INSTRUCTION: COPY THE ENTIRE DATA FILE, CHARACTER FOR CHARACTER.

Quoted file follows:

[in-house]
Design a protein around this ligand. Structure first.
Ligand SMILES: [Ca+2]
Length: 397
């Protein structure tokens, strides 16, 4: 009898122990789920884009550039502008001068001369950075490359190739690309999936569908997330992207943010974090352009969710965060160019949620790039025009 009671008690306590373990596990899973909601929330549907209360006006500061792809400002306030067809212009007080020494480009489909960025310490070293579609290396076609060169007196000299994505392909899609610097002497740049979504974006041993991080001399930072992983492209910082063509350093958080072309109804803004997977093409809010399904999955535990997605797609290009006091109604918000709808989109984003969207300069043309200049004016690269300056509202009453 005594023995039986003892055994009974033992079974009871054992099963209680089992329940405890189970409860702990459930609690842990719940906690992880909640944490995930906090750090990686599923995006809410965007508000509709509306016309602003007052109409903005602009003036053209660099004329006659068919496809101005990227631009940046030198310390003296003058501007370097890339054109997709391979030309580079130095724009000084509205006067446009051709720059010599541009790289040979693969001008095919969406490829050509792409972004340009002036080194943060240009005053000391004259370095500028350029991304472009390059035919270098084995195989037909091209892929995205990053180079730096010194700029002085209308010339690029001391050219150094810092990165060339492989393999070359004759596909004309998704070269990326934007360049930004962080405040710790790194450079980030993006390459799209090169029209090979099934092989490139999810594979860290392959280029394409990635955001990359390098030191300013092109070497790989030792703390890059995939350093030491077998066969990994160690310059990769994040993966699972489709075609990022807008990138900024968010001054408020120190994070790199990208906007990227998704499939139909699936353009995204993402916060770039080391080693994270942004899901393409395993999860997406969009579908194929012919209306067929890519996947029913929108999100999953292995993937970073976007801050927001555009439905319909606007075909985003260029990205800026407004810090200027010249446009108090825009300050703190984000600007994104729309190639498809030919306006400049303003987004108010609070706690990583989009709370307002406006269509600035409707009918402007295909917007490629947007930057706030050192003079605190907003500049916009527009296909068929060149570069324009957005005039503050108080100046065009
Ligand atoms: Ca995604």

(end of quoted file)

[in-house]
Design a protein around this ligand. Structure first.
Ligand SMILES: [Ca+2]
Length: 397
């Protein structure tokens, strides 16, 4: 009898122990789920884009550039502008001068001369950075490359190739690309999936569908997330992207943010974090352009969710965060160019949620790039025009 009671008690306590373990596990899973909601929330549907209360006006500061792809400002306030067809212009007080020494480009489909960025310490070293579609290396076609060169007196000299994505392909899609610097002497740049979504974006041993991080001399930072992983492209910082063509350093958080072309109804803004997977093409809010399904999955535990997605797609290009006091109604918000709808989109984003969207300069043309200049004016690269300056509202009453 005594023995039986003892055994009974033992079974009871054992099963209680089992329940405890189970409860702990459930609690842990719940906690992880909640944490995930906090750090990686599923995006809410965007508000509709509306016309602003007052109409903005602009003036053209660099004329006659068919496809101005990227631009940046030198310390003296003058501007370097890339054109997709391979030309580079130095724009000084509205006067446009051709720059010599541009790289040979693969001008095919969406490829050509792409972004340009002036080194943060240009005053000391004259370095500028350029991304472009390059035919270098084995195989037909091209892929995205990053180079730096010194700029002085209308010339690029001391050219150094810092990165060339492989393999070359004759596909004309998704070269990326934007360049930004962080405040710790790194450079980030993006390459799209090169029209090979099934092989490139999810594979860290392959280029394409990635955001990359390098030191300013092109070497790989030792703390890059995939350093030491077998066969990994160690310059990769994040993966699972489709075609990022807008990138900024968010001054408020120190994070790199990208906007990227998704499939139909699936353009995204993402916060770039080391080693994270942004899901393409395993999860997406969009579908194929012919209306067929890519996947029913929108999100999953292995993937970073976007801050927001555009439905319909606007075909985003260029990205800026407004810090200027010249446009108090825009300050703190984000600007994104729309190639498809030919306006400049303003987004108010609070706690990583989009709370307002406006269509600035409707009918402007295909917007490629947007930057706030050192003079605190907003500049916009527009296909068929060149570069324009957005005039503050108080100046065009
Ligand atoms: Ca995604």